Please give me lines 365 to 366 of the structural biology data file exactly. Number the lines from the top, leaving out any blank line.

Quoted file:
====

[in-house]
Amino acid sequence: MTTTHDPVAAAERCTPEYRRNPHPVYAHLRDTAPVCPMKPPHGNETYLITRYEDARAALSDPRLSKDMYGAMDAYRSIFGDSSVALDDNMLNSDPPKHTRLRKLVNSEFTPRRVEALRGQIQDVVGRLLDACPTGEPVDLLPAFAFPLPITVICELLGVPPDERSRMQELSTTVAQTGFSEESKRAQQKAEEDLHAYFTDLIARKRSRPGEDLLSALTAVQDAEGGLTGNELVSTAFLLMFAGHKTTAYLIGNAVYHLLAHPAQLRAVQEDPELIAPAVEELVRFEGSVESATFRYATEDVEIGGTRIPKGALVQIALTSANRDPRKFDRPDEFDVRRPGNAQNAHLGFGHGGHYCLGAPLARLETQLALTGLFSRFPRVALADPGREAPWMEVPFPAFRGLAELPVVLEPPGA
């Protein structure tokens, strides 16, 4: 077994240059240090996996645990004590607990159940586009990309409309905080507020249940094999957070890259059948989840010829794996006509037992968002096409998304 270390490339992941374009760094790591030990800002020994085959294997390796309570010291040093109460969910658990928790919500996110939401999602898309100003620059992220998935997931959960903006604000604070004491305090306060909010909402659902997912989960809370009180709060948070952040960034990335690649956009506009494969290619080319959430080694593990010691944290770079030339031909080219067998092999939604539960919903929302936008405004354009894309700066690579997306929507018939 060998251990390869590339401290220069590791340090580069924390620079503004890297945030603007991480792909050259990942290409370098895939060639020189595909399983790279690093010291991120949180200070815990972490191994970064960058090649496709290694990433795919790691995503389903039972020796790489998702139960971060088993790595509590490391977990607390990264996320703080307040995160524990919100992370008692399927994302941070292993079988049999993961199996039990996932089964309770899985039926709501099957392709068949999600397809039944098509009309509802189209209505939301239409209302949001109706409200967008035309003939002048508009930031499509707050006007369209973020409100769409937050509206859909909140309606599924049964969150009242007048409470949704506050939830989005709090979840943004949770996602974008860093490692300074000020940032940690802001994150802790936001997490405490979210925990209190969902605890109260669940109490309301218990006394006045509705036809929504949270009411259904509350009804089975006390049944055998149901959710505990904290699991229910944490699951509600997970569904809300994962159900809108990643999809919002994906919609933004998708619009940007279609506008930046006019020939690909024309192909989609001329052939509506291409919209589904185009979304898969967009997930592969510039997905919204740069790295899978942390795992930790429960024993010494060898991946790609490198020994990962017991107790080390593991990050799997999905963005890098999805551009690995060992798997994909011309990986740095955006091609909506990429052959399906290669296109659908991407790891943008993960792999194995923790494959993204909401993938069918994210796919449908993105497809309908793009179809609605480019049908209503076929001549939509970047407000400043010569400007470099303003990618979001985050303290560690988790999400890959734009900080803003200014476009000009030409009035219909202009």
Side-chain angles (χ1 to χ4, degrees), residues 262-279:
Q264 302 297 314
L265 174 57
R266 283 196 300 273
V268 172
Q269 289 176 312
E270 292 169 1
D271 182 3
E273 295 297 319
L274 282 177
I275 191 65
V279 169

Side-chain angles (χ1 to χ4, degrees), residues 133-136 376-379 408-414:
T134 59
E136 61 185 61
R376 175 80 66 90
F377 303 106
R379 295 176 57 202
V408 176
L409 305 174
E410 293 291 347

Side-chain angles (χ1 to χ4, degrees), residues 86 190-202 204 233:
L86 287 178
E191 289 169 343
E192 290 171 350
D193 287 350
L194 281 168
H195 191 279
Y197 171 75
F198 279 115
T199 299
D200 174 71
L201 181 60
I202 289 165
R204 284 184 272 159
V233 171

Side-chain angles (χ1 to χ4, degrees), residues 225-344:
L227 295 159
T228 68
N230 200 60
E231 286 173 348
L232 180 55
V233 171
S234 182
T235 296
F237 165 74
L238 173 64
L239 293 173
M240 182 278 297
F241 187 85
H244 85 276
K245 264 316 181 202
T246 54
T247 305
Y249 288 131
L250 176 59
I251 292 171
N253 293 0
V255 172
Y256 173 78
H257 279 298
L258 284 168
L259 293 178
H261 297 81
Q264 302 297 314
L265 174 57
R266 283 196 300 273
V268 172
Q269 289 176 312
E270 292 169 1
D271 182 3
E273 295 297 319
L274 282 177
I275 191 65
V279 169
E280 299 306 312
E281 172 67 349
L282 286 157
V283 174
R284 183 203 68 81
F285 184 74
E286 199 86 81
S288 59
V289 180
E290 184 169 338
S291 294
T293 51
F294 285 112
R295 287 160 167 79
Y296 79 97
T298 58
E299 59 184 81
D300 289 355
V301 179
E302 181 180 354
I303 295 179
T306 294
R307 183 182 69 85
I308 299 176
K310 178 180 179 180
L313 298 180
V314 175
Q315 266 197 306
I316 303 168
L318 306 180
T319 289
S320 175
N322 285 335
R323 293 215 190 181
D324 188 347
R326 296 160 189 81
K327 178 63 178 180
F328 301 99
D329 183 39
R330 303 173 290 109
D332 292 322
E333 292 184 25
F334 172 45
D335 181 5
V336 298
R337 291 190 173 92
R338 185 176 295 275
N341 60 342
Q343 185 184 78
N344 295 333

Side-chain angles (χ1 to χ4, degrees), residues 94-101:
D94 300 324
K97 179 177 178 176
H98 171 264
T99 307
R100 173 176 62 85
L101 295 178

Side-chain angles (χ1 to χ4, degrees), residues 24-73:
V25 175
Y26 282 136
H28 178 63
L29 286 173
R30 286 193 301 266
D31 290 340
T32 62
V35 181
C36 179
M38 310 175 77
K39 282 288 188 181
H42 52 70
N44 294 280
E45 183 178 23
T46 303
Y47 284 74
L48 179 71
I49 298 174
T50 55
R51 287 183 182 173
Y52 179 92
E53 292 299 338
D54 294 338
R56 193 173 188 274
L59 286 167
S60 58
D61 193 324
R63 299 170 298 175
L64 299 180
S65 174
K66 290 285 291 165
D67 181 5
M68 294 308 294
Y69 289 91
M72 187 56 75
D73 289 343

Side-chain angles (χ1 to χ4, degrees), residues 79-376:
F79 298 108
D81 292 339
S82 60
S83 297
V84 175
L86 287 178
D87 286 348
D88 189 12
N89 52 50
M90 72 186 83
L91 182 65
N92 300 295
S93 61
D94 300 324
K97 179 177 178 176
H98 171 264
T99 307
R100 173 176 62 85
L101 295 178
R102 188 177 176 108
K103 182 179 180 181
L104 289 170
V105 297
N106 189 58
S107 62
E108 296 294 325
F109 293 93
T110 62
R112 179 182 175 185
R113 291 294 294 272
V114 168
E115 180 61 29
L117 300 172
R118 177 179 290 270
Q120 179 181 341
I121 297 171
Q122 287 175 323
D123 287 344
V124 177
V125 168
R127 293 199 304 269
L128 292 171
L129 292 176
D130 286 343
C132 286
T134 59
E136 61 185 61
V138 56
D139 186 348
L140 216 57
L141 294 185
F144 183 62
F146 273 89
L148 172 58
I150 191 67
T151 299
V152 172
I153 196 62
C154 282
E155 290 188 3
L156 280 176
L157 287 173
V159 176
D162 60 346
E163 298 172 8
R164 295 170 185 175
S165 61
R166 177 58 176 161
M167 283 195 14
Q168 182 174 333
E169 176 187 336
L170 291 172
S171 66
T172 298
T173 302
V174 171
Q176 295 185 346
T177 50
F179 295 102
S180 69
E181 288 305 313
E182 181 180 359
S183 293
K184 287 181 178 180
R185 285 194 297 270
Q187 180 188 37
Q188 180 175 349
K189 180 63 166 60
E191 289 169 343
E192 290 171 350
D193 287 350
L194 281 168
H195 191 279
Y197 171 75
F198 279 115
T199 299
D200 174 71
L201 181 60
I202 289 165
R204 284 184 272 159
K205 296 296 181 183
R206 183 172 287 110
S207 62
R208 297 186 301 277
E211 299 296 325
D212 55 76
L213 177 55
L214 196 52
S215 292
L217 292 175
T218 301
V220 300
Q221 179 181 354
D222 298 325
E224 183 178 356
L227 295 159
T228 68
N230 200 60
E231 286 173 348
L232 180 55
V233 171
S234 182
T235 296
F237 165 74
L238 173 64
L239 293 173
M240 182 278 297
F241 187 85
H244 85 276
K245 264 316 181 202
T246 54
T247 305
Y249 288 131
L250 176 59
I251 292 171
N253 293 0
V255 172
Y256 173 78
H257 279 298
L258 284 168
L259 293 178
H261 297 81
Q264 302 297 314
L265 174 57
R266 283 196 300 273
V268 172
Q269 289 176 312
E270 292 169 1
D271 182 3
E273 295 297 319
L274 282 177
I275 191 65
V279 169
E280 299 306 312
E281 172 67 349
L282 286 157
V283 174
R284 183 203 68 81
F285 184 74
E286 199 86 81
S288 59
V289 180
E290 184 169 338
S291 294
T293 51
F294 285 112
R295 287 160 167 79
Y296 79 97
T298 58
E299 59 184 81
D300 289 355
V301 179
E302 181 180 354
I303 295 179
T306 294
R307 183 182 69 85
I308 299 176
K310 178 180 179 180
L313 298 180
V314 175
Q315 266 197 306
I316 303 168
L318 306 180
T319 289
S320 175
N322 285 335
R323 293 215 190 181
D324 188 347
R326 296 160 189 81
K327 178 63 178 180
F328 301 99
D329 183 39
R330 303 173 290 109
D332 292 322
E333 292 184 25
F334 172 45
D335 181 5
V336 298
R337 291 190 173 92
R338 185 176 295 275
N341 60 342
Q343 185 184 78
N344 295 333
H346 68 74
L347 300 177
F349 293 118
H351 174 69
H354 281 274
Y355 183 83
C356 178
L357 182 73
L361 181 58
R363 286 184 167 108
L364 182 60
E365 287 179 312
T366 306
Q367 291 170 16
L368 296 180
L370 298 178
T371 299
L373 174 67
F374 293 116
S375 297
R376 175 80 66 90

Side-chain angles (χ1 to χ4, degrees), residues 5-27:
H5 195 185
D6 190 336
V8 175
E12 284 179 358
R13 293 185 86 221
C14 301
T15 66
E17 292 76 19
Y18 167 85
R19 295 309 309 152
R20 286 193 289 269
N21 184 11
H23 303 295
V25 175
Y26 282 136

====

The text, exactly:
D329 183 39
R330 303 173 290 109